TODAY   |  August 13, 2013

Florida sinkhole could grow bigger

The sinkhole that nearly swallowed part of a Florida resort is roughly the size of a basketball court – and could grow even larger. NBC’s Kerry Sanders reports.

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This content comes from Closed Captioning that was broadcast along with this program.

>>> emergency crews in florida are keeping a close eye on the sinkhole that swallowed part of a resort near disneyworld. kerry sanders is on the story for us again this morning. kerry, good morning to you.

>> reporter: good morning, savannah. why did this happen? geologists are looking at rainfall levels. so far this year there's been about 29 and three quarter inches of rain. not a high amount but it may have been enough to set this sinkhole in motion. this morning, geologists say this sinkhole, already the length of a basketball court maybe growing even bigger.

>> the open sinkhole may open other sinkholes.

>> triggers?

>> yes, it's possible.

>> reporter: as the earth opened up and fwan to story the building full of sleeping tourist there were panicked calls to 911.

>> we're trying to get them evacuated and they're saying it's collapsing so fast they don't know if they can get to all the rooms.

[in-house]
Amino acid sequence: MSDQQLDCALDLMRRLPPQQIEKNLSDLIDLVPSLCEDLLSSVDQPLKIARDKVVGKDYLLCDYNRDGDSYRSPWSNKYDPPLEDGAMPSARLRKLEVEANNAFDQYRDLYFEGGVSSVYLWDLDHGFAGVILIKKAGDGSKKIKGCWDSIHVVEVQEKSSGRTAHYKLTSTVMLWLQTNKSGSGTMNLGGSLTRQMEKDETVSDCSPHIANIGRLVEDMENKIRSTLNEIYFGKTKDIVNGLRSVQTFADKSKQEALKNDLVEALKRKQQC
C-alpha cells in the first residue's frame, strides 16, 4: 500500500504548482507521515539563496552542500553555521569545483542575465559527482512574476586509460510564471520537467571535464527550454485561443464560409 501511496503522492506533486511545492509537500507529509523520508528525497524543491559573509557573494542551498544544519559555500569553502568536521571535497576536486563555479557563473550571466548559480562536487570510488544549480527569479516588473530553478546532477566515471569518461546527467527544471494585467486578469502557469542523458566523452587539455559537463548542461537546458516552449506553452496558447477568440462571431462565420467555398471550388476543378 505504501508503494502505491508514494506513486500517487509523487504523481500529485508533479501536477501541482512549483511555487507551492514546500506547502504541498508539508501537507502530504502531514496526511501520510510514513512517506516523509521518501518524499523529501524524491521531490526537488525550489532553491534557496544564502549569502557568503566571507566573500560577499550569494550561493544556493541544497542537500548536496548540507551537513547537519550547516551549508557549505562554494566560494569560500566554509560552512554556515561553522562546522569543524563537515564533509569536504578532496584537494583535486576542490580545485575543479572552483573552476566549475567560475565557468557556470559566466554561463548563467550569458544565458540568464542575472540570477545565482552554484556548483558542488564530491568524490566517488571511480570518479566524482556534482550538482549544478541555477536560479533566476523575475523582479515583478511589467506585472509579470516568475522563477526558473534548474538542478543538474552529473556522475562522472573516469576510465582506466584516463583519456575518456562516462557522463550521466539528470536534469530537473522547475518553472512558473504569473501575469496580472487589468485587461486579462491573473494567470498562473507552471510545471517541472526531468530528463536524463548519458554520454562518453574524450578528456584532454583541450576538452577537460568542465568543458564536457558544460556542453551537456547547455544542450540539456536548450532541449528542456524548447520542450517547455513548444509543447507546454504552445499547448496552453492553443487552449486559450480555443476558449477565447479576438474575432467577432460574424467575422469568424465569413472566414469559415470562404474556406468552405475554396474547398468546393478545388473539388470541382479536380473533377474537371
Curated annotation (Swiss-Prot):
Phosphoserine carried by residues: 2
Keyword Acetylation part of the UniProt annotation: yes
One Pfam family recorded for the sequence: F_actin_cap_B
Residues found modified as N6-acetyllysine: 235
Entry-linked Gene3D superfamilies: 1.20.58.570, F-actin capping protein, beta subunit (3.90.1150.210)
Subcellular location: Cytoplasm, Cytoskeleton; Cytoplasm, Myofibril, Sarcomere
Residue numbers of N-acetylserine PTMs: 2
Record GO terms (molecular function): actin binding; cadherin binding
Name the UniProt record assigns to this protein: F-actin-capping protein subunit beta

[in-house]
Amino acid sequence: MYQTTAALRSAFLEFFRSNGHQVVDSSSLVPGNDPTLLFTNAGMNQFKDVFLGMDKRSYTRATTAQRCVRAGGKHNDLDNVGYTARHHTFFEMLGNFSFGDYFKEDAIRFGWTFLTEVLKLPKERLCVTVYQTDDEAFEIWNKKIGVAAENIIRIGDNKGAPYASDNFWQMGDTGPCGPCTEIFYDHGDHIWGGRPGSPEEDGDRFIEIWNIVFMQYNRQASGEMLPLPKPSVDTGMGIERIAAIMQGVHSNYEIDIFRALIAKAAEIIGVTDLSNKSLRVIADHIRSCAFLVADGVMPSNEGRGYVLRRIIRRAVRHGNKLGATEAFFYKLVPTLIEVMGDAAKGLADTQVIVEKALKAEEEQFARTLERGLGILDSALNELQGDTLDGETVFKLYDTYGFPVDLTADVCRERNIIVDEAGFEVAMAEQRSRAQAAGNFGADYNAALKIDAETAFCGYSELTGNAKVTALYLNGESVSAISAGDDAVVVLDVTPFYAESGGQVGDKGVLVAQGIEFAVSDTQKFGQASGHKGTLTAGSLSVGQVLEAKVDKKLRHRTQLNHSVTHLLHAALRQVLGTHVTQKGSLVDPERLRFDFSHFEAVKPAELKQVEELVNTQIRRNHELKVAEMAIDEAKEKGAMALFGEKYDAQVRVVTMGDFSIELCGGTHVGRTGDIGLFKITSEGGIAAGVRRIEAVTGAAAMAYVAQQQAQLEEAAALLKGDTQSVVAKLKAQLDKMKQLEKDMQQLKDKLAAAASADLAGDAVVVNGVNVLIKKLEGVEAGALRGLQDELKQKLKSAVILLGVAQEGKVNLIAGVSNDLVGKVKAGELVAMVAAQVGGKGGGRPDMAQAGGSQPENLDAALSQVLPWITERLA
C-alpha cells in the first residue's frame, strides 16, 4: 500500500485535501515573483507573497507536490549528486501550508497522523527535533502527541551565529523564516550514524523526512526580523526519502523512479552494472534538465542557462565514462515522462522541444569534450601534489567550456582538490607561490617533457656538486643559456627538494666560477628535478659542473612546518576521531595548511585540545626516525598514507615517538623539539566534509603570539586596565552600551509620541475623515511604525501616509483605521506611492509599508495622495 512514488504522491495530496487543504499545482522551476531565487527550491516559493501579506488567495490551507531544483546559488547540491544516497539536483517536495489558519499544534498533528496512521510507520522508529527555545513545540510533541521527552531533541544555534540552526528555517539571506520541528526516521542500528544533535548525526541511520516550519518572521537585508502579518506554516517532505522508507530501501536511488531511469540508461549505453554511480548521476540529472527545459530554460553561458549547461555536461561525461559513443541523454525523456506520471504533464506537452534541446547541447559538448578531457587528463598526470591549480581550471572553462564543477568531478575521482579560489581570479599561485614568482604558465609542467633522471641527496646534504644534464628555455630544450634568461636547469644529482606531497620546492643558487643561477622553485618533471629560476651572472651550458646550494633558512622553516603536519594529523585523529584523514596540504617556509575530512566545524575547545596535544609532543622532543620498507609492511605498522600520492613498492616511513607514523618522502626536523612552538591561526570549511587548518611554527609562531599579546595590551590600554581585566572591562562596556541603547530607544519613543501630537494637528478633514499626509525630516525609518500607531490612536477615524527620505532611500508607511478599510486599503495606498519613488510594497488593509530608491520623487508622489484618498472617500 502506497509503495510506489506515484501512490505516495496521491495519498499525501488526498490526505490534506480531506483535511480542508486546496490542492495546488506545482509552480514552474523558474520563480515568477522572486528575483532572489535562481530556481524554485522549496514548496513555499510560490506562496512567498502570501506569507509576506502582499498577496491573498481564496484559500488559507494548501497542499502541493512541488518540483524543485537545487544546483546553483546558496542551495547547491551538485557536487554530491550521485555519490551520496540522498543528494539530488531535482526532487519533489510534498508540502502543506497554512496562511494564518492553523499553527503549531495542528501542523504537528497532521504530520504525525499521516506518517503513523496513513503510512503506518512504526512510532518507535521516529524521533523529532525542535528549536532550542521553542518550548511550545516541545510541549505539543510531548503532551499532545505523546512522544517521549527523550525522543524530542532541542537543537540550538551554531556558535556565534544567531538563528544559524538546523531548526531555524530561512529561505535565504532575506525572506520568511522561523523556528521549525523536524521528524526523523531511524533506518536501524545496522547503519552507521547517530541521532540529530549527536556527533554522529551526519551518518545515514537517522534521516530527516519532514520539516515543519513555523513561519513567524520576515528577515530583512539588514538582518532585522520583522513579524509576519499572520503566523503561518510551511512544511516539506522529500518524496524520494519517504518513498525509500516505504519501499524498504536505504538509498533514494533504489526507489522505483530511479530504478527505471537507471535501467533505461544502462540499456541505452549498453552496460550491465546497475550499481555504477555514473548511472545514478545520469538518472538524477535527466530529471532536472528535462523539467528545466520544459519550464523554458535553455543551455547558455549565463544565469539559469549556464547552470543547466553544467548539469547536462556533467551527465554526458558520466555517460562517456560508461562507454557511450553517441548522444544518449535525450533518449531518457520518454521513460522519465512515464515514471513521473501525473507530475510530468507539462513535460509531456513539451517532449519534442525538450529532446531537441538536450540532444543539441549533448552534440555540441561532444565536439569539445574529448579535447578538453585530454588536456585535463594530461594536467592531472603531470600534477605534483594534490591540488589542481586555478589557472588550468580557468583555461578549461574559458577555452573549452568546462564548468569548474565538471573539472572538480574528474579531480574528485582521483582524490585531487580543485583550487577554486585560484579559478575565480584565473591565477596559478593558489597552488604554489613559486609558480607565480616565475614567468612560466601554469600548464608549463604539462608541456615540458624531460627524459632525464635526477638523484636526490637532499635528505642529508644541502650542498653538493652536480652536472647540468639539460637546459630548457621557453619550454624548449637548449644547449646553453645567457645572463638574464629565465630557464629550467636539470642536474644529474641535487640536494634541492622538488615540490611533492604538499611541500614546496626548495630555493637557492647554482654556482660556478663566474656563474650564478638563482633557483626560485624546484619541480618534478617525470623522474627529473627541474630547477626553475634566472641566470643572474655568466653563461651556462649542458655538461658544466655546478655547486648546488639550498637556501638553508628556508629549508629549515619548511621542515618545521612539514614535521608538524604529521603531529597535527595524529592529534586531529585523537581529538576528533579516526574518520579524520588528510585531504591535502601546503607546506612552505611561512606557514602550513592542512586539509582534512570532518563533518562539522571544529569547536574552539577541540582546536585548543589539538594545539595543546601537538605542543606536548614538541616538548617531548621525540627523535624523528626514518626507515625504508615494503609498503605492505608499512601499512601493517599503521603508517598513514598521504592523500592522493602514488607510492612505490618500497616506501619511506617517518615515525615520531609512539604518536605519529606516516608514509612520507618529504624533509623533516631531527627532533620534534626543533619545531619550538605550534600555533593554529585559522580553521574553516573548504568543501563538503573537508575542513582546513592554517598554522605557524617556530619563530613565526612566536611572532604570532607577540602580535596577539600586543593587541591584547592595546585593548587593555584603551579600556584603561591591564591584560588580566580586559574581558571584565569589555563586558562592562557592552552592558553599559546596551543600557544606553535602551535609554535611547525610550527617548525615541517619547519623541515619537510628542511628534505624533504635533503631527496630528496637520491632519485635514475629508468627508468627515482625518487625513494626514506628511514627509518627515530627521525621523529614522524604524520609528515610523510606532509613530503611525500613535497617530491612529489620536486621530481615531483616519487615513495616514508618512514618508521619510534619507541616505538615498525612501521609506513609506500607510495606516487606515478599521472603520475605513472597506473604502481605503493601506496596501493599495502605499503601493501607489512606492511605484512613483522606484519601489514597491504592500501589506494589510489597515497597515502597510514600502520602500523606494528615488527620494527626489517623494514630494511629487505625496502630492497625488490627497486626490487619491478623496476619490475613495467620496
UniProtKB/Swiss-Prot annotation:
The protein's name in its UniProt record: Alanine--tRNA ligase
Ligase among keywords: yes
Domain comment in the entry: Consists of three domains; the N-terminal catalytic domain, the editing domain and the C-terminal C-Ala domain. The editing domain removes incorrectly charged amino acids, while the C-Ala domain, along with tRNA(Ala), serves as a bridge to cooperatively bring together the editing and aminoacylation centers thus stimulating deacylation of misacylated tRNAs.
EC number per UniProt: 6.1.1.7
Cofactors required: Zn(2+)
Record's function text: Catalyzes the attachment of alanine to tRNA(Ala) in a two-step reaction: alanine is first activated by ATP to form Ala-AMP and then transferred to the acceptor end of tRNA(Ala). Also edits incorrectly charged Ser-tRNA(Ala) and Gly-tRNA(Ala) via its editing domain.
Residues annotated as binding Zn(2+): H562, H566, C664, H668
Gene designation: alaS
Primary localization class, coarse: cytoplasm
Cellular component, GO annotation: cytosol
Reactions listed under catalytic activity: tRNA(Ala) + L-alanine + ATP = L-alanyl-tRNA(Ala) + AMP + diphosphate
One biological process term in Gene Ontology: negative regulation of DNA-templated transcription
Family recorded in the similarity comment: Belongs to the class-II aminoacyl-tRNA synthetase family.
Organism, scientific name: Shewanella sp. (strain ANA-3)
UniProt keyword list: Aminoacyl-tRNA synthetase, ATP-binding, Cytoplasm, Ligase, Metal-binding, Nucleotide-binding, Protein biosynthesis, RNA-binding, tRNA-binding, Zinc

>> reporter: maggie on vacation with a friend and three toddlers escaped the collapsing building with little time to spare.

>> it was a near death experience .

>> reporter: maggie and everyone else in the building were able to escape because a security guard went running through the halls ordering more than 100 people out.

>> there were people sleeping. i had to wake them up and tell them to get out of the building.

>> reporter: the resort manager says the security guard is a hero.

>> had he not acted on his own as he was trained to do we were confident there could have been many people trapped in those buildings.

>> reporter: why do sinkholes happen? sandy soil sits on top of clay and that's supported by a layer of limestone. when there's too much rain or a drought it can create a void. as the void gets bigger the earth on top becomes too heavy and the limestone gives way. but for those that lived through it, all the scientific explanations won't make the experience any less terrifying.

>> it's hours later. hold your handout there, are you calm? you're still shaking.

>> yeah.

>> it was that traumatic.

>> yeah.

>> reporter: the tourists who scrambled to safety left behind their clothes, their laptop computers, just about everything. they're working with the red cross now to at least get some of those things together while they try to piece together their continued vacations at disney. matt.

>>> kerry sanders , thank you very